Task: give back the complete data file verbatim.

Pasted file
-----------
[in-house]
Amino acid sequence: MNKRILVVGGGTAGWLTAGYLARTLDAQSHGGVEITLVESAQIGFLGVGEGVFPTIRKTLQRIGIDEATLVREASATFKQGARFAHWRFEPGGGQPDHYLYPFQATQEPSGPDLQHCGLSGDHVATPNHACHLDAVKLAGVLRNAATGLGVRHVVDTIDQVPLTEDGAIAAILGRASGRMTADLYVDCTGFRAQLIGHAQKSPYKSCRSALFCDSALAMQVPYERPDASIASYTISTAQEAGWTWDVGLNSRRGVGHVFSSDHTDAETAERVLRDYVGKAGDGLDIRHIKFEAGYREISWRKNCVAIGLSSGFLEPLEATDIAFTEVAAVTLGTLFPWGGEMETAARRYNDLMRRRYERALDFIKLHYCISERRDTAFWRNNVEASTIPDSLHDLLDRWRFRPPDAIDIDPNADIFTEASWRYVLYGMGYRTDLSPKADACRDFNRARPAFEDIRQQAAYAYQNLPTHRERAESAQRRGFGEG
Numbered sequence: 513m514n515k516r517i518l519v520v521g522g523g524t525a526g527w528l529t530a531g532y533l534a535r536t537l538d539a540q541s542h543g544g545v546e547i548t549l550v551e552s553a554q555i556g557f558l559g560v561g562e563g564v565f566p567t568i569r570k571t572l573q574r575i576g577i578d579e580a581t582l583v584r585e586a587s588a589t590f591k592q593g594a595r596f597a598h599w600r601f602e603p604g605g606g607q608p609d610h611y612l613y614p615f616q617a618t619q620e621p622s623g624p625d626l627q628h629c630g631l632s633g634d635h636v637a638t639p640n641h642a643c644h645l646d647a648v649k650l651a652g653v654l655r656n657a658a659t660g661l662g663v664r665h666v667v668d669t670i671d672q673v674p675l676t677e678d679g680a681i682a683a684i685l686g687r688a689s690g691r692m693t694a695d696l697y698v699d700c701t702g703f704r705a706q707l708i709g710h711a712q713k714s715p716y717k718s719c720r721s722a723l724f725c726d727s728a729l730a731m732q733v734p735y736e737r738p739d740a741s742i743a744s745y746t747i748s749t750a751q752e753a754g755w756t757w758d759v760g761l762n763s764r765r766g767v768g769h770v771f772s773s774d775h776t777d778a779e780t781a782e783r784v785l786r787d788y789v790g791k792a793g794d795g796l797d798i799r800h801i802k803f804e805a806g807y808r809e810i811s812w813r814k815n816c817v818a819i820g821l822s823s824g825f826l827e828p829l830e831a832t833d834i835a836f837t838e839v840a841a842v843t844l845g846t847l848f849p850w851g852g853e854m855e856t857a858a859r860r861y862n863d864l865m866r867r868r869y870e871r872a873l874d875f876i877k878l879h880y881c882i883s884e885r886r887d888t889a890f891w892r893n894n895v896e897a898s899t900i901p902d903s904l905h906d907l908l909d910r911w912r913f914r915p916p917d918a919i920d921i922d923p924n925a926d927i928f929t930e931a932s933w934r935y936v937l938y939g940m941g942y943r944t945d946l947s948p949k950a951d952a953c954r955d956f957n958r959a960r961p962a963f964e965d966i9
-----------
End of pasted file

[in-house]
Amino acid sequence: MNKRILVVGGGTAGWLTAGYLARTLDAQSHGGVEITLVESAQIGFLGVGEGVFPTIRKTLQRIGIDEATLVREASATFKQGARFAHWRFEPGGGQPDHYLYPFQATQEPSGPDLQHCGLSGDHVATPNHACHLDAVKLAGVLRNAATGLGVRHVVDTIDQVPLTEDGAIAAILGRASGRMTADLYVDCTGFRAQLIGHAQKSPYKSCRSALFCDSALAMQVPYERPDASIASYTISTAQEAGWTWDVGLNSRRGVGHVFSSDHTDAETAERVLRDYVGKAGDGLDIRHIKFEAGYREISWRKNCVAIGLSSGFLEPLEATDIAFTEVAAVTLGTLFPWGGEMETAARRYNDLMRRRYERALDFIKLHYCISERRDTAFWRNNVEASTIPDSLHDLLDRWRFRPPDAIDIDPNADIFTEASWRYVLYGMGYRTDLSPKADACRDFNRARPAFEDIRQQAAYAYQNLPTHRERAESAQRRGFGEG
Numbered sequence: 513m514n515k516r517i518l519v520v521g522g523g524t525a526g527w528l529t530a531g532y533l534a535r536t537l538d539a540q541s542h543g544g545v546e547i548t549l550v551e552s553a554q555i556g557f558l559g560v561g562e563g564v565f566p567t568i569r570k571t572l573q574r575i576g577i578d579e580a581t582l583v584r585e586a587s588a589t590f591k592q593g594a595r596f597a598h599w600r601f602e603p604g605g606g607q608p609d610h611y612l613y614p615f616q617a618t619q620e621p622s623g624p625d626l627q628h629c630g631l632s633g634d635h636v637a638t639p640n641h642a643c644h645l646d647a648v649k650l651a652g653v654l655r656n657a658a659t660g661l662g663v664r665h666v667v668d669t670i671d672q673v674p675l676t677e678d679g680a681i682a683a684i685l686g687r688a689s690g691r692m693t694a695d696l697y698v699d700c701t702g703f704r705a706q707l708i709g710h711a712q713k714s715p716y717k718s719c720r721s722a723l724f725c726d727s728a729l730a731m732q733v734p735y736e737r738p739d740a741s742i743a744s745y746t747i748s749t750a751q752e753a754g755w756t757w758d759v760g761l762n763s764r765r766g767v768g769h770v771f772s773s774d775h776t777d778a779e780t781a782e783r784v785l786r787d788y789v790g791k792a793g794d795g796l797d798i799r800h801i802k803f804e805a806g807y808r809e810i811s812w813r814k815n816c817v818a819i820g821l822s823s824g825f826l827e828p829l830e831a832t833d834i835a836f837t838e839v840a841a842v843t844l845g846t847l848f849p850w851g852g853e854m855e856t857a858a859r860r861y862n863d864l865m866r867r868r869y870e871r872a873l874d875f876i877k878l879h880y881c882i883s884e885r886r887d888t889a890f891w892r893n894n895v896e897a898s899t900i901p902d903s904l905h906d907l908l909d910r911w912r913f914r915p916p917d918a919i920d921i922d923p924n925a926d927i928f929t930e931a932s933w934r935y936v937l938y939g940m941g942y943r944t945d946l947s948p949k950a951d952a953c954r955d956f957n958r959a960r961p962a963f964e965d966i9